During the first week of the 2014 Woodstock Fruit Festival, I had the pleasure of meeting Mewsum Wong, director of Raw Food Asia, when she attended a few of the talks I presented at the festival. Mewsum came all the way from Brunei, Borneo, and was excited to meet with raw food pioneers at the festival so that she might bring their valuable information back to her country. I gave her a gift copy of my first book, Creating Healthy Children: Through Attachment Parenting and Raw Foods. Upon her return to Borneo, Mewsum invited me to attend a fruit festival there that will happen in late 2015 or in 2016.
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More recently, Mewsum asked if I would do a Skype presentation for Qidiaku, an event devoted to “igniting and nurturing minds” titled “Healthy Kids, Mudskippers & More.” The Mudskippers part was a presentation focused on an ocean creature popular in Brunei.
I was thrilled to be able to talk about the benefits of fresh plant foods to the families attending on February 15. It was 1 p.m. Borneo time and 1 a.m. Eastern Standard Time where I’m located, in New Jersey. I stayed on Skype with them for the entire event, which ended about 3 a.m. my time.
Thank goodness the Skype was working and they could hear me, as earlier in the day we had some difficulty with the audio. Sitting in the front row was the Tutong District Officer, a prestigious local figure, who listened carefully the entire half-hour as I spoke about the benefits of eating an abundance of fruits and vegetables and the change we need to see in the world if we want to see healing of degenerative diseases. These diseases are affecting populations worldwide. The Borneo press were also in attendance, and news of the event went out about the speakers in national papers.
According to the Borneo Bulletin, Dr. Hajah Norhayati binti Haji Md Kassim, co-chairperson of the Breast Cancer Awareness Campaign in Brunei, expressed the following message on October 16, 2014:
Non-communicable diseases (NCDs) such as cancer, coronary heart problems and diabetes are the leading causes of deaths not only at the global level but also in Brunei Darussalam.
Cancer is the top cause of death in Brunei. Women are often diagnosed with several deathly cancers affecting the breast, uterus, cervical, ovary and lungs. She reminded the women in the country to know their responsibilities in learning the risks of breast cancer and conducting breast self-examination in addition to practicing a healthy lifestyle.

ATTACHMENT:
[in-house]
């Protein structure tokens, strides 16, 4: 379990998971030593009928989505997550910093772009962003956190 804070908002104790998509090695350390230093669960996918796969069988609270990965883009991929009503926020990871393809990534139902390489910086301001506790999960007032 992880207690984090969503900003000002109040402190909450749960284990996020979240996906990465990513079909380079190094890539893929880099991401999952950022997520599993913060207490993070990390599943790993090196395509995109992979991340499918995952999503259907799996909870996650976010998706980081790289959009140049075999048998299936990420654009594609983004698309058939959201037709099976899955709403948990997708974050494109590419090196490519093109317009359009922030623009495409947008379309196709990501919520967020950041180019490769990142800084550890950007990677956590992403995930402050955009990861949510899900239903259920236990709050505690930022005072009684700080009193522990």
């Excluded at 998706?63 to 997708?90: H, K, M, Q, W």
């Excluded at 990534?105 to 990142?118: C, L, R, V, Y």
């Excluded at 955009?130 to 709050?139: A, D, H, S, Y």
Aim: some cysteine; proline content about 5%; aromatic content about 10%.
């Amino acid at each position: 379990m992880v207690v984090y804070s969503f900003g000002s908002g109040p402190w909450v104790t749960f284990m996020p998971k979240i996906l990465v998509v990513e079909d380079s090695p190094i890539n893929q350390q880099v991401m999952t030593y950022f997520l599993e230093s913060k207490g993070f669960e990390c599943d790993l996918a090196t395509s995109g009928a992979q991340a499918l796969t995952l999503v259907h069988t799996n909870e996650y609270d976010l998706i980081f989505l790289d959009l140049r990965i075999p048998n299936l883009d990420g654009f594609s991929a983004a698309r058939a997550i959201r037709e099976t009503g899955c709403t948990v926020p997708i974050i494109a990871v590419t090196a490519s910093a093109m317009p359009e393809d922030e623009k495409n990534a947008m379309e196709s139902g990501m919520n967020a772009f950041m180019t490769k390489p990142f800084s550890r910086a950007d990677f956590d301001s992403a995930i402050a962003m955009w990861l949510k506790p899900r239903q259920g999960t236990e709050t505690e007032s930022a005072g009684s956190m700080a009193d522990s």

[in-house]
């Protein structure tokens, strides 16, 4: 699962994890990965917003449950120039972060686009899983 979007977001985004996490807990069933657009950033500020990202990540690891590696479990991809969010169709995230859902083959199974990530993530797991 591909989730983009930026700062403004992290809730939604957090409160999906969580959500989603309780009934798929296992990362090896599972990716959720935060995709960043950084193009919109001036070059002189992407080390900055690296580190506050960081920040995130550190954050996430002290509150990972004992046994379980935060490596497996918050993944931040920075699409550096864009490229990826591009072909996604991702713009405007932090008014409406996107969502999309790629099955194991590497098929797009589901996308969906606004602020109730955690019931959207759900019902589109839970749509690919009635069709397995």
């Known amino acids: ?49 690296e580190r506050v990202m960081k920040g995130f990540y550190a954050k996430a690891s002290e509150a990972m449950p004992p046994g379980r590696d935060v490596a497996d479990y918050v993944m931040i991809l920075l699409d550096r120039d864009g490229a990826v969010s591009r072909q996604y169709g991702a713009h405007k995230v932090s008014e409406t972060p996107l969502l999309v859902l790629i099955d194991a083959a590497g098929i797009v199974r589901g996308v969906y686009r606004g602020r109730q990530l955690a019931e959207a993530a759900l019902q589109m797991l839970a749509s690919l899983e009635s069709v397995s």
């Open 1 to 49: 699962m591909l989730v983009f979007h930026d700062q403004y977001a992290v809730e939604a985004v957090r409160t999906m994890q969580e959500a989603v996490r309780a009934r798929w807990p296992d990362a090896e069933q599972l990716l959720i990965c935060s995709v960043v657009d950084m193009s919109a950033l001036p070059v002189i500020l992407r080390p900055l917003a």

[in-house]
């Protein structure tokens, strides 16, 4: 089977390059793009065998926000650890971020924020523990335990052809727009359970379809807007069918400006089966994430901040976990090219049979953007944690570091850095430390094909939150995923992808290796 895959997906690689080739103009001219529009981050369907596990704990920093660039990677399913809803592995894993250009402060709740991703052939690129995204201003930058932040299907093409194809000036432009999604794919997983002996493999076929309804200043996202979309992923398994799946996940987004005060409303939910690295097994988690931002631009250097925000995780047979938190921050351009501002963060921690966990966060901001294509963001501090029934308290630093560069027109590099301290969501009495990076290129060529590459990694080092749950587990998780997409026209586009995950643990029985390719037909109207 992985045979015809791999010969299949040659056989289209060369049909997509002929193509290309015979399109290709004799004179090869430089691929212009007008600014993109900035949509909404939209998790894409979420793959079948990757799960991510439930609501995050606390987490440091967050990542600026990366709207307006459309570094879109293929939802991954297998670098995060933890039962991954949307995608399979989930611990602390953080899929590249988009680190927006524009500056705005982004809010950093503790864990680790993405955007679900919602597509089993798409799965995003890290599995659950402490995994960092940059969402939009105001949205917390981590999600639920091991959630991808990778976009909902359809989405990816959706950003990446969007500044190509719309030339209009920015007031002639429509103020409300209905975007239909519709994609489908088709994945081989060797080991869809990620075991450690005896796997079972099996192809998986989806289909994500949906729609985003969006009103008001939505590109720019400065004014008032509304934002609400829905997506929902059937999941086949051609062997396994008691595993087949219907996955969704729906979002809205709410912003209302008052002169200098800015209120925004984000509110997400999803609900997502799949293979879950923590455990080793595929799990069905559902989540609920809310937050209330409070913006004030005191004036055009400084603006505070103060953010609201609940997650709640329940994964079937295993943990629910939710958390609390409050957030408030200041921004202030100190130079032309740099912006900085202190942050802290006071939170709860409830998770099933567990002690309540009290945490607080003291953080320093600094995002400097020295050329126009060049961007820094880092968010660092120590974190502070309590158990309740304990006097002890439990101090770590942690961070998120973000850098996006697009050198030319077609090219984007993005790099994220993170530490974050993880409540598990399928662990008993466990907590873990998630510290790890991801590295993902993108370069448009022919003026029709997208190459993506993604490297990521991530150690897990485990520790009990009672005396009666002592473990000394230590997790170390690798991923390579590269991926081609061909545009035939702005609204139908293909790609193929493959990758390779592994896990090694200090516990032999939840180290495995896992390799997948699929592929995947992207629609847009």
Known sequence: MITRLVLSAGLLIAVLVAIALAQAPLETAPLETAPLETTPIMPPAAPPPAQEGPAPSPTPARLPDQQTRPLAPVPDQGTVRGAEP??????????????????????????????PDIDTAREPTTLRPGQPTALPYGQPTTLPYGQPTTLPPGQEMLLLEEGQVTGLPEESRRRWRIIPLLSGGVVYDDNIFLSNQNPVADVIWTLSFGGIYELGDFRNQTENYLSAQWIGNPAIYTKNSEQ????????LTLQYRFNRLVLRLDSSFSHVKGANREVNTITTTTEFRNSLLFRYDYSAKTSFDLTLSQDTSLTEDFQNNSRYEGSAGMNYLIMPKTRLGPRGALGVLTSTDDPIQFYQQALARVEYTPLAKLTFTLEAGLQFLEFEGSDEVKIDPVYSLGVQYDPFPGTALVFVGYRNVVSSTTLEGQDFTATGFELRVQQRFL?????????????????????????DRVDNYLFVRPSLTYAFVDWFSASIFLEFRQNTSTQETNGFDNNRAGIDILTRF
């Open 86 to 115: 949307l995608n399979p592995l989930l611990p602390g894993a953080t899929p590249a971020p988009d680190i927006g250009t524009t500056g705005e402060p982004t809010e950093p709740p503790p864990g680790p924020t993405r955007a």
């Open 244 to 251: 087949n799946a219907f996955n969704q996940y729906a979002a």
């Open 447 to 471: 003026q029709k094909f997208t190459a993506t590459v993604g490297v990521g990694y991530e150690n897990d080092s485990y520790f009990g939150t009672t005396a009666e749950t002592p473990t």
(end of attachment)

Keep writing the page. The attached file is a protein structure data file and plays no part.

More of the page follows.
Following my Skype presentation for the Qidiaku event, I received questions similar to what I receive at my talks in the United States.
Where do we get our protein?
Don’t we need more heavy and filling foods?
How do you know we won’t be missing specific nutrients from animal food?
Don’t we need to eat rice?
Where will children get their calories?
Those attending listened carefully as I addressed each of their questions based on what I’ve learned over the past 20 years and my personal experiences. Then Mewsum made fresh watermelon juice for everyone, and they loved it!
Mewsum says that a typical meal in Brunei would include greasy fried chicken, rice and overcooked vegetables. She is fed up with the deterioration of health she sees in her country and has decided to do something about it. She is ordering copies of Creating Healthy Children and Raw Vegan Recipe Fun for Families so that the participants of the Qidiaku event can get the information they need to start transitioning their families to a healthier way of eating, taking advantage of all the amazingly delicious fruits and vegetables they have readily available in their very own tropical climate. Mewsum spends much of her time photographing the beautiful fruits and vegetables that make up her lifestyle and posting them on her Facebook group, Raw Food Asia.
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